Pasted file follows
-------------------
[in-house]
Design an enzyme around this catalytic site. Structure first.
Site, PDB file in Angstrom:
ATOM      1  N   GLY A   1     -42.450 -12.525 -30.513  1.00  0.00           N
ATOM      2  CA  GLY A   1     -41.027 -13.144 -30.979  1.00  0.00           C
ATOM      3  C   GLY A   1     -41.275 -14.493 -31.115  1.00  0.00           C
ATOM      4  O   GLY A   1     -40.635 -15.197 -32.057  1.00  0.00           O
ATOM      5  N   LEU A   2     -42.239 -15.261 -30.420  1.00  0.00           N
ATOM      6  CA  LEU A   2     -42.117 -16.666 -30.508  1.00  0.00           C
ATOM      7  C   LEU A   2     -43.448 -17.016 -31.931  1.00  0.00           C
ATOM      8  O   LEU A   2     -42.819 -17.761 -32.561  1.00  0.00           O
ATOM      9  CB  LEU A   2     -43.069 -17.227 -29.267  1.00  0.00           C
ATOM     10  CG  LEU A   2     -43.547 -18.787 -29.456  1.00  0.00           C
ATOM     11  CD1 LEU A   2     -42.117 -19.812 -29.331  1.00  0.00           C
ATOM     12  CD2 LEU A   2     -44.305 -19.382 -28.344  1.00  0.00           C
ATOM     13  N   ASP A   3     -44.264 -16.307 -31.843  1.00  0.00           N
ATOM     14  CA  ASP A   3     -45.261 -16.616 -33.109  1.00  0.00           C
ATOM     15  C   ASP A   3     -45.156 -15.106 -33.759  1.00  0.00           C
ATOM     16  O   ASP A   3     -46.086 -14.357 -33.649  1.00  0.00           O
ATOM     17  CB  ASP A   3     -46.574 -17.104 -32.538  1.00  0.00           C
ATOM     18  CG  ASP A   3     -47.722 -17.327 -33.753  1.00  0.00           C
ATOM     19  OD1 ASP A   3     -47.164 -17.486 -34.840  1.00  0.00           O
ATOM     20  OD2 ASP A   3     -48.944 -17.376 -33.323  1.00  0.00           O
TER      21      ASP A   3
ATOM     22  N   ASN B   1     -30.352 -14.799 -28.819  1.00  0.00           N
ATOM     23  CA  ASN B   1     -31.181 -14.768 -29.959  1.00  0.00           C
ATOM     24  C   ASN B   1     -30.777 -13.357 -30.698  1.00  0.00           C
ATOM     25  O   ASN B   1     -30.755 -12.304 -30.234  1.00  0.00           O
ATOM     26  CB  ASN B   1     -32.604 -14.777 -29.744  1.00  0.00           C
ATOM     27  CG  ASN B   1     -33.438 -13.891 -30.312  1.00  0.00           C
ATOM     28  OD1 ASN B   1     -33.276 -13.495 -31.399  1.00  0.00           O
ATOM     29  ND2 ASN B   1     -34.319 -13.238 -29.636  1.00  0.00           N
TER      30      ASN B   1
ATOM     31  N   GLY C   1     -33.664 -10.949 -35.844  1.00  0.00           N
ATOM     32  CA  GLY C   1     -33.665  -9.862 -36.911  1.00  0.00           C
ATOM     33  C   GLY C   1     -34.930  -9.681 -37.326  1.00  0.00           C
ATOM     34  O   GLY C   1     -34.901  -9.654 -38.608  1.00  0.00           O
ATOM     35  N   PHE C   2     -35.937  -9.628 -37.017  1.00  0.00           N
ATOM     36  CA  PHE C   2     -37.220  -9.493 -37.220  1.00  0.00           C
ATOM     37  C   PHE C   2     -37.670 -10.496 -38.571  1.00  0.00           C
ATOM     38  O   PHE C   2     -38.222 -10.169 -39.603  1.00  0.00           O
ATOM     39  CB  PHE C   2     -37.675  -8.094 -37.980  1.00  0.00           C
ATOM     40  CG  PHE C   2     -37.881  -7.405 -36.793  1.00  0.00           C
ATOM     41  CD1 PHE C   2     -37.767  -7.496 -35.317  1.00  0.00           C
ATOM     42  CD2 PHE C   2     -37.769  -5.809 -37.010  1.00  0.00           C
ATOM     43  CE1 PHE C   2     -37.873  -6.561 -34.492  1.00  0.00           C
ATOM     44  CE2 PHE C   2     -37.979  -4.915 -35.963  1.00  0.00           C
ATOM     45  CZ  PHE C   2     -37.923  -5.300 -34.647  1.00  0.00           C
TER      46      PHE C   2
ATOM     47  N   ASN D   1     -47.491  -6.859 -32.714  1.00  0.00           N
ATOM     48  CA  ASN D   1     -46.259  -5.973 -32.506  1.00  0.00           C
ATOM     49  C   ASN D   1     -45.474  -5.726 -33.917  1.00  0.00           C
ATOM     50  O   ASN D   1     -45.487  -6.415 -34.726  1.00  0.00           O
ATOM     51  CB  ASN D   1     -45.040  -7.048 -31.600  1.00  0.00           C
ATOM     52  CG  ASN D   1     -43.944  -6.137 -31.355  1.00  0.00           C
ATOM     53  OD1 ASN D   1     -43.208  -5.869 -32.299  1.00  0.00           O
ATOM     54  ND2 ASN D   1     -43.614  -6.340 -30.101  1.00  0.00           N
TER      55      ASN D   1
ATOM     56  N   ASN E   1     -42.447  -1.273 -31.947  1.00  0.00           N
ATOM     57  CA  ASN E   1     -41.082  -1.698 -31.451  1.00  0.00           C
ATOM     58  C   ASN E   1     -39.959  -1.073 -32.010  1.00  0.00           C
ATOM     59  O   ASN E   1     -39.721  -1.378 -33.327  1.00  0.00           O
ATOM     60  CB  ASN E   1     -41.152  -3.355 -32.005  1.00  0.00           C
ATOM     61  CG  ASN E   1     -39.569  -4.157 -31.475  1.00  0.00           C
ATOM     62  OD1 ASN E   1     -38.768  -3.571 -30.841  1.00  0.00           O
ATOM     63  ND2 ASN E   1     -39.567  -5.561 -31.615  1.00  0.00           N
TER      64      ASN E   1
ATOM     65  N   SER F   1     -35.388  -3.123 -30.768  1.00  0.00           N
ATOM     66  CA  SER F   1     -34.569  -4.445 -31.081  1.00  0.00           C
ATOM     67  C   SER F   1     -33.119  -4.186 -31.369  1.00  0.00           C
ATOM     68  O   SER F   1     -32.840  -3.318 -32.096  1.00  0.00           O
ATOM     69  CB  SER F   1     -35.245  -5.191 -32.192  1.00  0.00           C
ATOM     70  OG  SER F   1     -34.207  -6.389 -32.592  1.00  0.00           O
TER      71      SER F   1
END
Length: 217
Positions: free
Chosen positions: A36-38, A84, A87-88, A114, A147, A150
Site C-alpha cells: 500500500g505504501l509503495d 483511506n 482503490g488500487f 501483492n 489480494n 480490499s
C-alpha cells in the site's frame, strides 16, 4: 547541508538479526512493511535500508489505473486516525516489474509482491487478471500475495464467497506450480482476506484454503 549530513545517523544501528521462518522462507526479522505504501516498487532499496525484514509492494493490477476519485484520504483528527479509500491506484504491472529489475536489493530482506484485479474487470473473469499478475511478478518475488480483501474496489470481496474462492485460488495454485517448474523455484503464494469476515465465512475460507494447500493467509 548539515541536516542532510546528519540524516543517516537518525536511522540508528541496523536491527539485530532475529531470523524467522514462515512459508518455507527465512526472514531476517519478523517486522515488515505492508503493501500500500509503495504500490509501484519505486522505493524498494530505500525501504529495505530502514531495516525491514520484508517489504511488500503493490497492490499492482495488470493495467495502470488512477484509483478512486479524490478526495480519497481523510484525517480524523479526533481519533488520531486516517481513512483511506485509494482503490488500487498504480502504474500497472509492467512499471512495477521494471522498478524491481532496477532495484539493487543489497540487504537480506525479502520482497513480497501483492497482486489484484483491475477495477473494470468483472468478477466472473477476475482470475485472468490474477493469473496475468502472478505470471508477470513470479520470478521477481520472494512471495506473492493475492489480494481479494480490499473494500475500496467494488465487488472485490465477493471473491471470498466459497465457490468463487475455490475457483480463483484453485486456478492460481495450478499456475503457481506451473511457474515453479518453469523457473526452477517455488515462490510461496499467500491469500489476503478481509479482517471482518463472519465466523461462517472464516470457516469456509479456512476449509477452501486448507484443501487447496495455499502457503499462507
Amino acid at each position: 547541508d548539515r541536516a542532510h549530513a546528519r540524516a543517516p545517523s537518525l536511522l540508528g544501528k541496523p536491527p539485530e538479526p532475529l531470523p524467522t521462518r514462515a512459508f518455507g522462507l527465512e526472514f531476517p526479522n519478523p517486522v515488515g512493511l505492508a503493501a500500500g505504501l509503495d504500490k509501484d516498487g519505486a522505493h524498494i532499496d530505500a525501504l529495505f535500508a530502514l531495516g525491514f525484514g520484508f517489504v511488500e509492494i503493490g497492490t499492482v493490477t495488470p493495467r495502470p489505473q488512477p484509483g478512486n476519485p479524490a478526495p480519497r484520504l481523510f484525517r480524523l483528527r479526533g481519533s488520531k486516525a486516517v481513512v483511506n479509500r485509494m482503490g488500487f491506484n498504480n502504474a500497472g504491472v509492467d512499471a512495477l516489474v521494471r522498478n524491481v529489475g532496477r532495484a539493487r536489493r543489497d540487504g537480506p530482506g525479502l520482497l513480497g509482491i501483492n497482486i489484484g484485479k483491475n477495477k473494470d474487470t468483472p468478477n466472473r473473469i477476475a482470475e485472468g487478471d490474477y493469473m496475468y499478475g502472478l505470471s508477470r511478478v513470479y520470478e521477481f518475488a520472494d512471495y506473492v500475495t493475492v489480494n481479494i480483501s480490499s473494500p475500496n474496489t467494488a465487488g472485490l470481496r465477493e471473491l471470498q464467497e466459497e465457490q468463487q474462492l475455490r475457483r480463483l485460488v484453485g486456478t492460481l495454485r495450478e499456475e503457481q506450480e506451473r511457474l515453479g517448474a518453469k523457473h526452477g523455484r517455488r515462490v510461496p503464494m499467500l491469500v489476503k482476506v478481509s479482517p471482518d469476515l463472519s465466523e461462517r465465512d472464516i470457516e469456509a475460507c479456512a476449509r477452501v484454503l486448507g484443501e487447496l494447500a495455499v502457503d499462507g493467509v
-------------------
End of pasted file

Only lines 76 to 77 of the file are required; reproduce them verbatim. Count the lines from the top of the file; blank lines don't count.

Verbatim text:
Length: 217
Positions: free